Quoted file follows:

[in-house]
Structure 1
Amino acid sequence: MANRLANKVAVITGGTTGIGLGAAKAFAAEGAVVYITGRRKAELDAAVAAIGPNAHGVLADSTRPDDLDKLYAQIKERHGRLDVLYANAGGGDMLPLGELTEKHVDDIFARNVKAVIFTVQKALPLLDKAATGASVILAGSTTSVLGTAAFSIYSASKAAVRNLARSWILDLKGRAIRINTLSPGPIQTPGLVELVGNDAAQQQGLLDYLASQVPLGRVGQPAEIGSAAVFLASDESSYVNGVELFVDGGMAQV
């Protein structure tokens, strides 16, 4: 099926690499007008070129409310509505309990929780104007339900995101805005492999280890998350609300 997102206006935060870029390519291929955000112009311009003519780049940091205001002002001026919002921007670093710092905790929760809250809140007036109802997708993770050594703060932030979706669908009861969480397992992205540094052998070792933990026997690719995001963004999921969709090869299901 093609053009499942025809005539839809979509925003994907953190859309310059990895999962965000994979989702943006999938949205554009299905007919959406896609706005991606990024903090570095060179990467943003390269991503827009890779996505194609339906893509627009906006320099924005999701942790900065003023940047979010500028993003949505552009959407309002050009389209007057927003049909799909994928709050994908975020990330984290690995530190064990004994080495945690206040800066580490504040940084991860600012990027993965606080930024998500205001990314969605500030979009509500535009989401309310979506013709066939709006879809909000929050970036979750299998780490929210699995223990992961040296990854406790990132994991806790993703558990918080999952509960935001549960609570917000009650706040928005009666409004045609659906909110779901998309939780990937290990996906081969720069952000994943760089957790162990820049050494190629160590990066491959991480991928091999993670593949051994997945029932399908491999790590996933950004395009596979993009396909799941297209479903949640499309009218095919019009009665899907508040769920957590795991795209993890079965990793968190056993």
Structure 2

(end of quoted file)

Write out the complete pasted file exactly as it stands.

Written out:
[in-house]
Structure 1
Amino acid sequence: MANRLANKVAVITGGTTGIGLGAAKAFAAEGAVVYITGRRKAELDAAVAAIGPNAHGVLADSTRPDDLDKLYAQIKERHGRLDVLYANAGGGDMLPLGELTEKHVDDIFARNVKAVIFTVQKALPLLDKAATGASVILAGSTTSVLGTAAFSIYSASKAAVRNLARSWILDLKGRAIRINTLSPGPIQTPGLVELVGNDAAQQQGLLDYLASQVPLGRVGQPAEIGSAAVFLASDESSYVNGVELFVDGGMAQV
């Protein structure tokens, strides 16, 4: 099926690499007008070129409310509505309990929780104007339900995101805005492999280890998350609300 997102206006935060870029390519291929955000112009311009003519780049940091205001002002001026919002921007670093710092905790929760809250809140007036109802997708993770050594703060932030979706669908009861969480397992992205540094052998070792933990026997690719995001963004999921969709090869299901 093609053009499942025809005539839809979509925003994907953190859309310059990895999962965000994979989702943006999938949205554009299905007919959406896609706005991606990024903090570095060179990467943003390269991503827009890779996505194609339906893509627009906006320099924005999701942790900065003023940047979010500028993003949505552009959407309002050009389209007057927003049909799909994928709050994908975020990330984290690995530190064990004994080495945690206040800066580490504040940084991860600012990027993965606080930024998500205001990314969605500030979009509500535009989401309310979506013709066939709006879809909000929050970036979750299998780490929210699995223990992961040296990854406790990132994991806790993703558990918080999952509960935001549960609570917000009650706040928005009666409004045609659906909110779901998309939780990937290990996906081969720069952000994943760089957790162990820049050494190629160590990066491959991480991928091999993670593949051994997945029932399908491999790590996933950004395009596979993009396909799941297209479903949640499309009218095919019009009665899907508040769920957590795991795209993890079965990793968190056993």
Structure 2